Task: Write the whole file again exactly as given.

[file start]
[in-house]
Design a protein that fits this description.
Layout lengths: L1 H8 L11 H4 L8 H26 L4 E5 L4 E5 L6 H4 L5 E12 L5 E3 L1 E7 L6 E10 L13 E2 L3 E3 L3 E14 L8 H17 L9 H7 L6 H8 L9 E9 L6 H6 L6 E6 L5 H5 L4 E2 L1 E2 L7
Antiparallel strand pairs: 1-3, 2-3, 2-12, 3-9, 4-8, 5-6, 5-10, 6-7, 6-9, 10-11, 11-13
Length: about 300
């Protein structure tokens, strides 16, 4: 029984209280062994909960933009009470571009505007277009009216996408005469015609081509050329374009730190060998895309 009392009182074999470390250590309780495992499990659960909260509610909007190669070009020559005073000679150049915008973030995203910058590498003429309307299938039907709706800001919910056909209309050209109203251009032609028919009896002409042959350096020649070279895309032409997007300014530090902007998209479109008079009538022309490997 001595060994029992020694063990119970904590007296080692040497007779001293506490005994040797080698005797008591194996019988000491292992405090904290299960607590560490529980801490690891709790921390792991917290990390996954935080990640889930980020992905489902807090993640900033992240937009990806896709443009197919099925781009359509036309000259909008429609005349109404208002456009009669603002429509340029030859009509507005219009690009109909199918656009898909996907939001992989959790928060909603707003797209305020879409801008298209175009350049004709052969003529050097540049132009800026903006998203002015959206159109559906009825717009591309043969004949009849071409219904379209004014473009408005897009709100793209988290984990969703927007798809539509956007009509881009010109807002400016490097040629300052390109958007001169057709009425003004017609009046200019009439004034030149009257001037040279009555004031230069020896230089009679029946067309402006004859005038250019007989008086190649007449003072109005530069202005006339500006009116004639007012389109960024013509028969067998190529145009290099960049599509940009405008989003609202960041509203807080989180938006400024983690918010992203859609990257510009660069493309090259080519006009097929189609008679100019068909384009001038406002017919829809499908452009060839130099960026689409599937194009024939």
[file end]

[in-house]
Design a protein that fits this description.
Layout lengths: L1 H8 L11 H4 L8 H26 L4 E5 L4 E5 L6 H4 L5 E12 L5 E3 L1 E7 L6 E10 L13 E2 L3 E3 L3 E14 L8 H17 L9 H7 L6 H8 L9 E9 L6 H6 L6 E6 L5 H5 L4 E2 L1 E2 L7
Antiparallel strand pairs: 1-3, 2-3, 2-12, 3-9, 4-8, 5-6, 5-10, 6-7, 6-9, 10-11, 11-13
Length: about 300
């Protein structure tokens, strides 16, 4: 029984209280062994909960933009009470571009505007277009009216996408005469015609081509050329374009730190060998895309 009392009182074999470390250590309780495992499990659960909260509610909007190669070009020559005073000679150049915008973030995203910058590498003429309307299938039907709706800001919910056909209309050209109203251009032609028919009896002409042959350096020649070279895309032409997007300014530090902007998209479109008079009538022309490997 001595060994029992020694063990119970904590007296080692040497007779001293506490005994040797080698005797008591194996019988000491292992405090904290299960607590560490529980801490690891709790921390792991917290990390996954935080990640889930980020992905489902807090993640900033992240937009990806896709443009197919099925781009359509036309000259909008429609005349109404208002456009009669603002429509340029030859009509507005219009690009109909199918656009898909996907939001992989959790928060909603707003797209305020879409801008298209175009350049004709052969003529050097540049132009800026903006998203002015959206159109559906009825717009591309043969004949009849071409219904379209004014473009408005897009709100793209988290984990969703927007798809539509956007009509881009010109807002400016490097040629300052390109958007001169057709009425003004017609009046200019009439004034030149009257001037040279009555004031230069020896230089009679029946067309402006004859005038250019007989008086190649007449003072109005530069202005006339500006009116004639007012389109960024013509028969067998190529145009290099960049599509940009405008989003609202960041509203807080989180938006400024983690918010992203859609990257510009660069493309090259080519006009097929189609008679100019068909384009001038406002017919829809499908452009060839130099960026689409599937194009024939």